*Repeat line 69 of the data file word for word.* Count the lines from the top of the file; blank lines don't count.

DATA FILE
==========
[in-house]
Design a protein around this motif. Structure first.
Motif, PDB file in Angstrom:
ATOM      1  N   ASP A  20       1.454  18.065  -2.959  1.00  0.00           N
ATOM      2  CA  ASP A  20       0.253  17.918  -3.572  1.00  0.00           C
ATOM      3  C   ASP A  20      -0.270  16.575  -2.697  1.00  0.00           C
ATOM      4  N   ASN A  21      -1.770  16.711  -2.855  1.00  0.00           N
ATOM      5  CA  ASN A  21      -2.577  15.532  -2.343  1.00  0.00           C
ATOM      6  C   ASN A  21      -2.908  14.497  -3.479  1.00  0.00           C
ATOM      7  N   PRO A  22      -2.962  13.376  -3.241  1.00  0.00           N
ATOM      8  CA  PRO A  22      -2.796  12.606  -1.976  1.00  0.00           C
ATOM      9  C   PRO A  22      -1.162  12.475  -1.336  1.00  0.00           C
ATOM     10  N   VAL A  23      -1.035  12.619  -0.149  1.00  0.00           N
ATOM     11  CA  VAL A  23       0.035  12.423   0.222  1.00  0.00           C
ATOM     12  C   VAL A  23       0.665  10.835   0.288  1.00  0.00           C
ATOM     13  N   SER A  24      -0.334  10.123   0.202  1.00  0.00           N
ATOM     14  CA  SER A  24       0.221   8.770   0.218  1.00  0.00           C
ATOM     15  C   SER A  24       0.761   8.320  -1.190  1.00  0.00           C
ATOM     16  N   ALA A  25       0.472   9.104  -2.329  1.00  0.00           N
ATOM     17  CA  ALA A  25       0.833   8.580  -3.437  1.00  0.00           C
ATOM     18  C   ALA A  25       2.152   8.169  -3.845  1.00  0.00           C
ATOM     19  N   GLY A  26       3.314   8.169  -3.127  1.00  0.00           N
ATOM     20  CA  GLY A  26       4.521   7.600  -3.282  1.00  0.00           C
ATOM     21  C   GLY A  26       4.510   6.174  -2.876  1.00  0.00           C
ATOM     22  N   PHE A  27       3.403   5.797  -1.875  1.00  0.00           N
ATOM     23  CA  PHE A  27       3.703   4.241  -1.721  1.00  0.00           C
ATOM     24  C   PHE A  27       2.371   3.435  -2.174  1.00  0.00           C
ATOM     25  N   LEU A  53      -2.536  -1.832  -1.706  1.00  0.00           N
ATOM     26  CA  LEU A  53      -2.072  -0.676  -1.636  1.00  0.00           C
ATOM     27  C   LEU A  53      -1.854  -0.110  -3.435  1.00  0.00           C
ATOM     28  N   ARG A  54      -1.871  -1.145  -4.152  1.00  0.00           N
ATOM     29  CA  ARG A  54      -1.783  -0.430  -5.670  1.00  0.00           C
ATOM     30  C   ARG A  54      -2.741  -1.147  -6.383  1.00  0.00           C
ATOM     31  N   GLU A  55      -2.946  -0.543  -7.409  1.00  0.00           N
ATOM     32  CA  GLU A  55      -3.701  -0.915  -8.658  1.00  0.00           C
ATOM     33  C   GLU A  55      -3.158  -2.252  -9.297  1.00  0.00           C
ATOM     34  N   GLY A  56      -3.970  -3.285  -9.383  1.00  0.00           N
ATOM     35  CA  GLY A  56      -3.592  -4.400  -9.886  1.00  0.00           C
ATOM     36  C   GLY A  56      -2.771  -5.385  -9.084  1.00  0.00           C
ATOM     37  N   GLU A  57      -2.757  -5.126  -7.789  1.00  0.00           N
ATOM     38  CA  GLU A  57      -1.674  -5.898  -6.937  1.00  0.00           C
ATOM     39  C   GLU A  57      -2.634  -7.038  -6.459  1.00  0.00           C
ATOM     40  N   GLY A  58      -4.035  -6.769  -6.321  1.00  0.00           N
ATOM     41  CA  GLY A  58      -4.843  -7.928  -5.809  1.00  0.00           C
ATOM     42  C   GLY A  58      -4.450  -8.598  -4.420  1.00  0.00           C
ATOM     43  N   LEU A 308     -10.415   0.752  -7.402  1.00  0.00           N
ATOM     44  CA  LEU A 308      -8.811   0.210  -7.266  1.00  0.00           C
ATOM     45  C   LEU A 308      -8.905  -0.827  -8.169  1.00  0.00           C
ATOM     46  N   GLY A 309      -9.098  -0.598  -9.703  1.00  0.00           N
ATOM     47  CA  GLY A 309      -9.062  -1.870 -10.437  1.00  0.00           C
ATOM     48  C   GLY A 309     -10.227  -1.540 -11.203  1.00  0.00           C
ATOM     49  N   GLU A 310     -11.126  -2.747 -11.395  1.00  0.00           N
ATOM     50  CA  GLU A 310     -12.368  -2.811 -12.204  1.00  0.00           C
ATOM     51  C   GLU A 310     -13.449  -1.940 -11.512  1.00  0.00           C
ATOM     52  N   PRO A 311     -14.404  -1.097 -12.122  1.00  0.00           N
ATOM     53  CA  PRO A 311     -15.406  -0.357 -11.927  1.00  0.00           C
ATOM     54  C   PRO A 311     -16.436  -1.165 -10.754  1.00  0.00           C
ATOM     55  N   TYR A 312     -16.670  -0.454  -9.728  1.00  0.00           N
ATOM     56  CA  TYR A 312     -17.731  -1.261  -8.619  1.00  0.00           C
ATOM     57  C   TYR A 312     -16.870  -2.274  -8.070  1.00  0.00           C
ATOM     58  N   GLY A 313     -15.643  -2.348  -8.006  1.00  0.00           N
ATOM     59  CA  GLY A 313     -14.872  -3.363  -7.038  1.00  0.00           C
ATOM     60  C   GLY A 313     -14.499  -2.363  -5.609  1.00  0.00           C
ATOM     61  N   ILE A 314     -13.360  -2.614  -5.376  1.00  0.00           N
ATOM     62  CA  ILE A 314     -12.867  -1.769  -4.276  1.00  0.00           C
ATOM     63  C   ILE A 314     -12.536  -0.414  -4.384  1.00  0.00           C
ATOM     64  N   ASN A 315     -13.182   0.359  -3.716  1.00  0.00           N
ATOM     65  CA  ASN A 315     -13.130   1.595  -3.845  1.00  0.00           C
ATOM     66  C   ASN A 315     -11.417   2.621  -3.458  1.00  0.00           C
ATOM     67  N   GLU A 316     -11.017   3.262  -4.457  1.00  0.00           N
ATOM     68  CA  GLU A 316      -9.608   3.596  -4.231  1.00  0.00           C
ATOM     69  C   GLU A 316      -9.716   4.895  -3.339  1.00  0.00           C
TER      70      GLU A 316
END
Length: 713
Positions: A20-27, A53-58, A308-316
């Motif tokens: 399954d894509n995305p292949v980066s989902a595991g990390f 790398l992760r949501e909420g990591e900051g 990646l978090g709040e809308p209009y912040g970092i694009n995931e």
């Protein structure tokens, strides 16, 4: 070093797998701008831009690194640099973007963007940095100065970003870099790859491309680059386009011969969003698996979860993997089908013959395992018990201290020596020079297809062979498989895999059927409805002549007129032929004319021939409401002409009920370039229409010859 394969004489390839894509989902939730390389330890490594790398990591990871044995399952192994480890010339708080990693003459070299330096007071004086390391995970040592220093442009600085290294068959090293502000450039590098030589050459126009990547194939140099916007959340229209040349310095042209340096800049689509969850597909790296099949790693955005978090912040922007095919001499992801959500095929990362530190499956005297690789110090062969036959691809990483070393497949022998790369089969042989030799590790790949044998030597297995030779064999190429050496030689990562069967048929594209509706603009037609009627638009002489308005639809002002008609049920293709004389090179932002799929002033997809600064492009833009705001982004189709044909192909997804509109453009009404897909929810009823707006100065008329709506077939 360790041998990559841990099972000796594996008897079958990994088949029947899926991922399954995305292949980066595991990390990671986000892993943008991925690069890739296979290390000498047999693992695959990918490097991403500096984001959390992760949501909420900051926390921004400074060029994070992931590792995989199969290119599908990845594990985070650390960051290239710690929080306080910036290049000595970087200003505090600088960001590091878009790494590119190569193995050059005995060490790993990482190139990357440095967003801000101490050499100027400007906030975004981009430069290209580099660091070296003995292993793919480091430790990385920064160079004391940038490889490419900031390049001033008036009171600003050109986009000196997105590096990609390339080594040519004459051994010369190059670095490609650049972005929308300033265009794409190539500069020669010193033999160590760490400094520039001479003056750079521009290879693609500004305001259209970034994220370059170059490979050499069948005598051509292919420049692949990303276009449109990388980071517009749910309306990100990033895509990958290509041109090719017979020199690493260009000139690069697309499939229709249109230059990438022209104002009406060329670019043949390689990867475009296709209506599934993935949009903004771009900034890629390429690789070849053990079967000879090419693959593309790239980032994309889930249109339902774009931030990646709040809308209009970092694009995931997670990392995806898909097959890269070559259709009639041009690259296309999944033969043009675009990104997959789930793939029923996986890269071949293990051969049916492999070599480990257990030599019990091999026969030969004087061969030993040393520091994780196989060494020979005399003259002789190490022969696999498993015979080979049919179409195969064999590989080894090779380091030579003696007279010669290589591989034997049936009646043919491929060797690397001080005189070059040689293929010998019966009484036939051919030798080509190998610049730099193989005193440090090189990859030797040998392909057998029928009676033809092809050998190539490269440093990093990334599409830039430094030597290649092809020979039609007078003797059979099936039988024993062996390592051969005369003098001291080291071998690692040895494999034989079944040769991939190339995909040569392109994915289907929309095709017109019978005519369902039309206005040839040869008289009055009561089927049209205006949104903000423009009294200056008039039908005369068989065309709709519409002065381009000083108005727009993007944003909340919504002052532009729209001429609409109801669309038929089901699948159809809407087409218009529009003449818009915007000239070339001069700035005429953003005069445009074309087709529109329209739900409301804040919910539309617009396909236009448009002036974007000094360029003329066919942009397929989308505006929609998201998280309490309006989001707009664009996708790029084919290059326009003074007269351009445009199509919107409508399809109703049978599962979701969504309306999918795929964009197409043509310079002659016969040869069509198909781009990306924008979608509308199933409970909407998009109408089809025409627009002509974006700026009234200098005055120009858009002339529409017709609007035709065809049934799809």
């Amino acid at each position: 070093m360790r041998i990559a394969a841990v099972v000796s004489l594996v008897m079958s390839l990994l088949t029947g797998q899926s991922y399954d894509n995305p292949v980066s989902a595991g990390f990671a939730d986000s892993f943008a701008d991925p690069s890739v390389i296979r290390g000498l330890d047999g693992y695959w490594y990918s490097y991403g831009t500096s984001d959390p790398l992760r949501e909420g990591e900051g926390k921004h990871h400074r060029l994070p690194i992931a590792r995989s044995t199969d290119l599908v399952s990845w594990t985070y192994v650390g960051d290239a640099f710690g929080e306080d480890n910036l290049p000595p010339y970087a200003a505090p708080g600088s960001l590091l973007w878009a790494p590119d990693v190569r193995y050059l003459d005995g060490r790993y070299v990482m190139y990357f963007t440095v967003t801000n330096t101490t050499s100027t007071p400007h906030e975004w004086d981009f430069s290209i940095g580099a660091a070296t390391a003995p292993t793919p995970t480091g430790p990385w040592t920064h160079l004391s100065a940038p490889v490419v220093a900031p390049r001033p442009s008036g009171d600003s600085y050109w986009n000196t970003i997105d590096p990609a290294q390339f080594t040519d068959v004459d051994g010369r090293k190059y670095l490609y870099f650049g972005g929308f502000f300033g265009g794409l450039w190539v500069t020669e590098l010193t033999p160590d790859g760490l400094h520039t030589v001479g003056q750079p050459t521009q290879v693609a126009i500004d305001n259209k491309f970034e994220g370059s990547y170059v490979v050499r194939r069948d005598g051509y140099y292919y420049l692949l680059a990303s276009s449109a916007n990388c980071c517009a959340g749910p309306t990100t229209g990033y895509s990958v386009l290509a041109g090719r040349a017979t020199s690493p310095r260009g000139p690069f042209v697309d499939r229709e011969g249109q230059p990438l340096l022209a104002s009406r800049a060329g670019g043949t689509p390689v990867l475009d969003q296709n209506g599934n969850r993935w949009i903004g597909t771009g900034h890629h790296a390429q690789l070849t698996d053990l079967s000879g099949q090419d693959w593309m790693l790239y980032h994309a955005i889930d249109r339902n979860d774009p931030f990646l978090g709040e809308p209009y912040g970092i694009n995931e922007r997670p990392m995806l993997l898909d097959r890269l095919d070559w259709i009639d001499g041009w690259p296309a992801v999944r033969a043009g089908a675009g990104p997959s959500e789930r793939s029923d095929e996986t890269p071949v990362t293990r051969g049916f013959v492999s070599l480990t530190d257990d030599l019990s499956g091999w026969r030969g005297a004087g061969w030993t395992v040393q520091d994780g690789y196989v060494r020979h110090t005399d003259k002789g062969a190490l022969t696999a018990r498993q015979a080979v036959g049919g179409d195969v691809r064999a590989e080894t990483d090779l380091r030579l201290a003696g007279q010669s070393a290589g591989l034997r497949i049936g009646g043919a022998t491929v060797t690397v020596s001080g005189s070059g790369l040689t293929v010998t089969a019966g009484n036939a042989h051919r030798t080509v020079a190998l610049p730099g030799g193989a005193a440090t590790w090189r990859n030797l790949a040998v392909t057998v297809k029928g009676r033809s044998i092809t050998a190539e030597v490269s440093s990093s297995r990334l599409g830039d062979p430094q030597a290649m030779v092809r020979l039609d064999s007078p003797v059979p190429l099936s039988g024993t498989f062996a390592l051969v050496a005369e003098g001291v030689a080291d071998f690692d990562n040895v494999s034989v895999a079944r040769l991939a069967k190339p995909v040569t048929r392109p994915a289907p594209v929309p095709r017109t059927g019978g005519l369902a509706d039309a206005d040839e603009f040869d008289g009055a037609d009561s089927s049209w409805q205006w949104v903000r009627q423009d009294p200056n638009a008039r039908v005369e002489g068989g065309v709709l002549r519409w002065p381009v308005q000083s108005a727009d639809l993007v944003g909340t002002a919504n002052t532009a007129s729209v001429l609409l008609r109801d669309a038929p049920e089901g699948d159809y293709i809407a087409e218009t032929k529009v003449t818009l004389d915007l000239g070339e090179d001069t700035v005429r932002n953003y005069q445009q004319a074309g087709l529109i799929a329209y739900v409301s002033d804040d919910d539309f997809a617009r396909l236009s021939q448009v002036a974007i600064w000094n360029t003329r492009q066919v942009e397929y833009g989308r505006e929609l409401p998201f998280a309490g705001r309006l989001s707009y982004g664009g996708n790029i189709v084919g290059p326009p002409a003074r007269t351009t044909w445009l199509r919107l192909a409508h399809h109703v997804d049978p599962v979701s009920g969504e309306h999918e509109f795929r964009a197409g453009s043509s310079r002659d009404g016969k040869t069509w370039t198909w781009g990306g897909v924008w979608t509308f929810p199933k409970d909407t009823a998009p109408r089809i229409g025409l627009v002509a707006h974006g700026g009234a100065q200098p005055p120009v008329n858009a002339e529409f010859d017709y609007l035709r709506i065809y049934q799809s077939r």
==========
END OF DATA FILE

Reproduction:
ATOM     66  C   ASN A 315     -11.417   2.621  -3.458  1.00  0.00           C